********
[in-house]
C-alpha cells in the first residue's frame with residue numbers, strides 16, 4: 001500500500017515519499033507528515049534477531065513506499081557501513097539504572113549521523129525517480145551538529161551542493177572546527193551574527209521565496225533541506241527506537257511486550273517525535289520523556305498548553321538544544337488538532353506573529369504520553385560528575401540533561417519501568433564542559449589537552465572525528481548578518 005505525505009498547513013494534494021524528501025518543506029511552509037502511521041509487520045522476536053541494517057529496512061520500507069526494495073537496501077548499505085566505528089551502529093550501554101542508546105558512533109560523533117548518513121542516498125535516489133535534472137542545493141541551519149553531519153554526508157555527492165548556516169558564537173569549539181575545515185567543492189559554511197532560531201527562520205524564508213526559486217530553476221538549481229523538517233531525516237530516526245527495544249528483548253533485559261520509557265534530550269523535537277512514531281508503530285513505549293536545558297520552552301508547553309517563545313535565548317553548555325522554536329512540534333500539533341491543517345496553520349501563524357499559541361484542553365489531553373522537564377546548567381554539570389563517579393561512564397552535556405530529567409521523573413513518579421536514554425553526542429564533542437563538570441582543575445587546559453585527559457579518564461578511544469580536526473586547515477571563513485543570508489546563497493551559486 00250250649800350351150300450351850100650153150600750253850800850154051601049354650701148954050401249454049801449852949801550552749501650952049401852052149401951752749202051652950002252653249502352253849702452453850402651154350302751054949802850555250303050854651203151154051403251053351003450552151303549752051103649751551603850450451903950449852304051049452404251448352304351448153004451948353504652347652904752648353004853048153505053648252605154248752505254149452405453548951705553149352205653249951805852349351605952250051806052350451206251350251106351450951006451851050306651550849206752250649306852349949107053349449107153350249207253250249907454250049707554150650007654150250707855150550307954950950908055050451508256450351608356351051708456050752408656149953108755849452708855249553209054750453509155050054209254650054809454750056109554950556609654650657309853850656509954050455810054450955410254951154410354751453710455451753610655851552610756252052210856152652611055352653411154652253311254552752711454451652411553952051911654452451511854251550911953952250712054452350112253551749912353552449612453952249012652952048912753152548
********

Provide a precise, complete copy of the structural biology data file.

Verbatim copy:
[in-house]
C-alpha cells in the first residue's frame with residue numbers, strides 16, 4: 001500500500017515519499033507528515049534477531065513506499081557501513097539504572113549521523129525517480145551538529161551542493177572546527193551574527209521565496225533541506241527506537257511486550273517525535289520523556305498548553321538544544337488538532353506573529369504520553385560528575401540533561417519501568433564542559449589537552465572525528481548578518 005505525505009498547513013494534494021524528501025518543506029511552509037502511521041509487520045522476536053541494517057529496512061520500507069526494495073537496501077548499505085566505528089551502529093550501554101542508546105558512533109560523533117548518513121542516498125535516489133535534472137542545493141541551519149553531519153554526508157555527492165548556516169558564537173569549539181575545515185567543492189559554511197532560531201527562520205524564508213526559486217530553476221538549481229523538517233531525516237530516526245527495544249528483548253533485559261520509557265534530550269523535537277512514531281508503530285513505549293536545558297520552552301508547553309517563545313535565548317553548555325522554536329512540534333500539533341491543517345496553520349501563524357499559541361484542553365489531553373522537564377546548567381554539570389563517579393561512564397552535556405530529567409521523573413513518579421536514554425553526542429564533542437563538570441582543575445587546559453585527559457579518564461578511544469580536526473586547515477571563513485543570508489546563497493551559486 00250250649800350351150300450351850100650153150600750253850800850154051601049354650701148954050401249454049801449852949801550552749501650952049401852052149401951752749202051652950002252653249502352253849702452453850402651154350302751054949802850555250303050854651203151154051403251053351003450552151303549752051103649751551603850450451903950449852304051049452404251448352304351448153004451948353504652347652904752648353004853048153505053648252605154248752505254149452405453548951705553149352205653249951805852349351605952250051806052350451206251350251106351450951006451851050306651550849206752250649306852349949107053349449107153350249207253250249907454250049707554150650007654150250707855150550307954950950908055050451508256450351608356351051708456050752408656149953108755849452708855249553209054750453509155050054209254650054809454750056109554950556609654650657309853850656509954050455810054450955410254951154410354751453710455451753610655851552610756252052210856152652611055352653411154652253311254552752711454451652411553952051911654452451511854251550911953952250712054452350112253551749912353552449612453952249012652952048912753152548